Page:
“Get down on your knees and repent,” my grandmother said. Her voice was quiet, cold and fully controlled. Nobody defied her.
And so, I knelt.
“Say the prayer, admit that your life is a failure and a mess.”
I said the prayer.
“You didn’t say it like you meant it,” she said. “You’re going to say this prayer until you’re fully contrite.”
Shame, like a knife, pierced my stomach. I was trembling. I glanced over at my husband–he wouldn’t look at me. We’d been called into this meeting because someone had reported to my grandmother that I was “rebellious” and “unsubmissive.” I had committed the unpardonable sin of asking questions about why my cousin was being beaten by her father, a pastor in our church.
As the grand-daughter of our church’s founder, my questions were a threat to their ministry. I had to be stopped.
I knew what was required of me: a full, complete breaking. Total surrender. She wanted to see me cry.
But I had trained myself not to cry in front of her. Crying was a sign of weakness, of surrender and I didn’t want to give my grandmother the satisfaction of seeing me cry. Through a series of these meetings, she had already achieved her goal of breaking me down psychologically.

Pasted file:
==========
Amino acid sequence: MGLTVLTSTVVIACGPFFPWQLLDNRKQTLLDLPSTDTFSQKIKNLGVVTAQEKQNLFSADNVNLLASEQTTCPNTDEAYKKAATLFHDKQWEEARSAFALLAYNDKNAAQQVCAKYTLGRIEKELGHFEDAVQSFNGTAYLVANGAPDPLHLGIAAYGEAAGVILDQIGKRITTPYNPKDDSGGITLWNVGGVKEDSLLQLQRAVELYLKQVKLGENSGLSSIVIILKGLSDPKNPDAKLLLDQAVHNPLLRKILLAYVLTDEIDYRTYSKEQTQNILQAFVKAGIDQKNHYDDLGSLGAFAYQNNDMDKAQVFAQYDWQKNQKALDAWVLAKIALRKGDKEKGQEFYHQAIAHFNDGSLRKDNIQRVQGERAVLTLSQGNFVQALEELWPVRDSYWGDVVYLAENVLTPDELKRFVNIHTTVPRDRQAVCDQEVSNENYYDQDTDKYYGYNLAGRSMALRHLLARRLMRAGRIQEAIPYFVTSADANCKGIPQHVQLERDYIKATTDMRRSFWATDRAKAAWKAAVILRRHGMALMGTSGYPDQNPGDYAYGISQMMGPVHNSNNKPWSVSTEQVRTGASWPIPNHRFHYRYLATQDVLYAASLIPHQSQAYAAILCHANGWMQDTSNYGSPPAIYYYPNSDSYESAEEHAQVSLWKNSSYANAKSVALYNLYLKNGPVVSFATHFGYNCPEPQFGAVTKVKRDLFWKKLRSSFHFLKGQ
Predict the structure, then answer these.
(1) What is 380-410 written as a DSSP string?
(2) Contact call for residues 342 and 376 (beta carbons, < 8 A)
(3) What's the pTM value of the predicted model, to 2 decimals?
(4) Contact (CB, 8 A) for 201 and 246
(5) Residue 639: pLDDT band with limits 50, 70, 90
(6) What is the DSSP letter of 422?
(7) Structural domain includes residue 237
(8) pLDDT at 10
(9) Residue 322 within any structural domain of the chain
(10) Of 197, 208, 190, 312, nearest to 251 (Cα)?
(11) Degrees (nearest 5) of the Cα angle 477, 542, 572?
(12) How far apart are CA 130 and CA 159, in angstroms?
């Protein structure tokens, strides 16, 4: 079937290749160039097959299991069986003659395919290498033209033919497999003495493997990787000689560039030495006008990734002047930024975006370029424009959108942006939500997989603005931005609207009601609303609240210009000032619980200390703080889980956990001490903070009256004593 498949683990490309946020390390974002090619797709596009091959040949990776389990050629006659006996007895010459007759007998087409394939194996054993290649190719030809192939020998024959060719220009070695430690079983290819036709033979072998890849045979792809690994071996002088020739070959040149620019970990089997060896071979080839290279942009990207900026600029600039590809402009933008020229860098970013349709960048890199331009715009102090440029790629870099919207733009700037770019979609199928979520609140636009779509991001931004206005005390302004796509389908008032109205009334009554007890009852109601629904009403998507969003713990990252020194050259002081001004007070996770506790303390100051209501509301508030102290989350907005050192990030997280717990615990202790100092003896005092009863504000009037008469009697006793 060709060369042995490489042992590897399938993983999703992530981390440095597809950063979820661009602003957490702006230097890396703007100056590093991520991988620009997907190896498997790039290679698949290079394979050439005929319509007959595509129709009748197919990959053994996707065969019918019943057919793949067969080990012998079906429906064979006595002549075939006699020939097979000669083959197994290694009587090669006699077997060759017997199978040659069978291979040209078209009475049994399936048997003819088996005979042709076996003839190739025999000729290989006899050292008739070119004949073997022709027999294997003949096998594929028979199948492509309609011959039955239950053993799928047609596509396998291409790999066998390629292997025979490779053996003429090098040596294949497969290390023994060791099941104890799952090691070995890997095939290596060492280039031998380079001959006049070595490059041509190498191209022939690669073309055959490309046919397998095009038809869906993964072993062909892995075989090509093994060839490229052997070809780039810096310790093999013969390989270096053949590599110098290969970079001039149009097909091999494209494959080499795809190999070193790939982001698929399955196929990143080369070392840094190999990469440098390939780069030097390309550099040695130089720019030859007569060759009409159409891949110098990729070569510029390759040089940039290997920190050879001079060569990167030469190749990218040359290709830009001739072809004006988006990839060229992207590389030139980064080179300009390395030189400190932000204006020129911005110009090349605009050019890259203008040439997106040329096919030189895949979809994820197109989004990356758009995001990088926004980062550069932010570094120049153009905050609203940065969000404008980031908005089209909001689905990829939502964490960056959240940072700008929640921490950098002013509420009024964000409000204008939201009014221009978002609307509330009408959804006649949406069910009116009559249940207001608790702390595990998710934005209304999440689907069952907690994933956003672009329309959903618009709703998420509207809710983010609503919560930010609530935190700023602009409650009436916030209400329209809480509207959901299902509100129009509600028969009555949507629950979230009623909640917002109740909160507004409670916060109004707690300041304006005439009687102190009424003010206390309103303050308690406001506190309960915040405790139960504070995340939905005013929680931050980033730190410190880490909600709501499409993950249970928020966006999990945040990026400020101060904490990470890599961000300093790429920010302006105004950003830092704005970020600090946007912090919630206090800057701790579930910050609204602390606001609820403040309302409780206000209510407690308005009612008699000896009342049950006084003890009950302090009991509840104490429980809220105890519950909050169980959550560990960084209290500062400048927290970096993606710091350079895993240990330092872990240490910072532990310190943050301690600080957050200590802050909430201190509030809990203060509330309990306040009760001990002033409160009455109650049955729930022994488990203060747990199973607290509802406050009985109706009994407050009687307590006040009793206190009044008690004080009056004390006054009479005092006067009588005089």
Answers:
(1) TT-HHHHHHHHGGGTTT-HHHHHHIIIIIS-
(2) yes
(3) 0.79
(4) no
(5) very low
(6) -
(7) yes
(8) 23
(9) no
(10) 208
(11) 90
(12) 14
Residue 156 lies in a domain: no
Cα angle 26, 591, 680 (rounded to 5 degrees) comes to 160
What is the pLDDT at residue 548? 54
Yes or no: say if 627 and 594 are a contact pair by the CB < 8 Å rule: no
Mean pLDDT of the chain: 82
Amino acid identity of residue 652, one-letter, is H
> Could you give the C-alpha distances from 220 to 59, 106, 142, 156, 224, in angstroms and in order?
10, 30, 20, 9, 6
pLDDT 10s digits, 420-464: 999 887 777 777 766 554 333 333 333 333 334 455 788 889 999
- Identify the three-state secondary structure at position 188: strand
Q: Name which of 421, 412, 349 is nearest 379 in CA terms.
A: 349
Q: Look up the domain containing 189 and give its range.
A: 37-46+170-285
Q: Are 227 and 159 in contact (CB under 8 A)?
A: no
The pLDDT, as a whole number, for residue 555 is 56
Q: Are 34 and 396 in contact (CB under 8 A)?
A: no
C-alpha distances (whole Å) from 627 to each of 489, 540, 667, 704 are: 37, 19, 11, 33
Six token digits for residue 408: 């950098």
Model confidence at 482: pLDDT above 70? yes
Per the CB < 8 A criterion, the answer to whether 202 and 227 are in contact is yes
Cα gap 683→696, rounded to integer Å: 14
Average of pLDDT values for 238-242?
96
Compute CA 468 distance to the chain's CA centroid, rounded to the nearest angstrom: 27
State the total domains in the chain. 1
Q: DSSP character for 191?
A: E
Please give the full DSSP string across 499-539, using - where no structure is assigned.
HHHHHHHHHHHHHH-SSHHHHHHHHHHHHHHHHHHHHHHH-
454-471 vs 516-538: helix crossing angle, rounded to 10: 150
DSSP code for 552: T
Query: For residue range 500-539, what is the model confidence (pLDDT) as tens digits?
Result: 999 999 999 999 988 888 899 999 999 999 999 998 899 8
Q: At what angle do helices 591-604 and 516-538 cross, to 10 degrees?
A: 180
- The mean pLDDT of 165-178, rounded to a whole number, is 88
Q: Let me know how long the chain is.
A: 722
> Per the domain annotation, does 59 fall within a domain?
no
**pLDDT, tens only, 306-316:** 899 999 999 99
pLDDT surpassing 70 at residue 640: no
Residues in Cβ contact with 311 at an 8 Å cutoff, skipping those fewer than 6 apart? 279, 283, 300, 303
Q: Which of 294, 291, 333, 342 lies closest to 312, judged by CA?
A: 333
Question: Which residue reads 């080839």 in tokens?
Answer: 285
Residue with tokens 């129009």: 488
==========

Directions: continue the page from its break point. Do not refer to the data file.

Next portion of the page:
Every day I was battling suicidal thoughts. I was cutting myself. I had asked God to kill me so I wouldn’t have to live the rest of my life in this godforsaken cult.
But I did, in fact, cry that day. I wept on my knees until my grandmother was satisfied. She didn’t know that I was really weeping for the long, miserable life that stretched ahead of me, for the dreams I would never fulfill, for the children I would bear and bring into this misery, for the stupidity of ever hoping I’d be free…..
Something changed after that day. I lost hope. I resigned myself. I stopped fighting. I often wept tears of despair.
It’s been thirteen years since that day and I’ve been free for almost 9 years. I still marvel at this freedom, this precious, precious freedom.
The tears I cry now are tears of freedom and gratitude. The first Thanksgiving I celebrated after leaving the cult, I gave thanks for freedom.
Sometimes I still weep for what was lost. My husband asked me recently if I would ever want to reconnect with my grandparents. I said no. My grandparents set out to break me. They were successful and I very nearly paid for it with my life.
But I will weep for them and for the lives they destroyed. I will weep for their souls.
I will weep with thanksgiving because it is the kindness of God that leads to repentance.
This Thanksgiving, I will weep tears of gratitude because I am free.
And I will never, ever take this freedom for granted.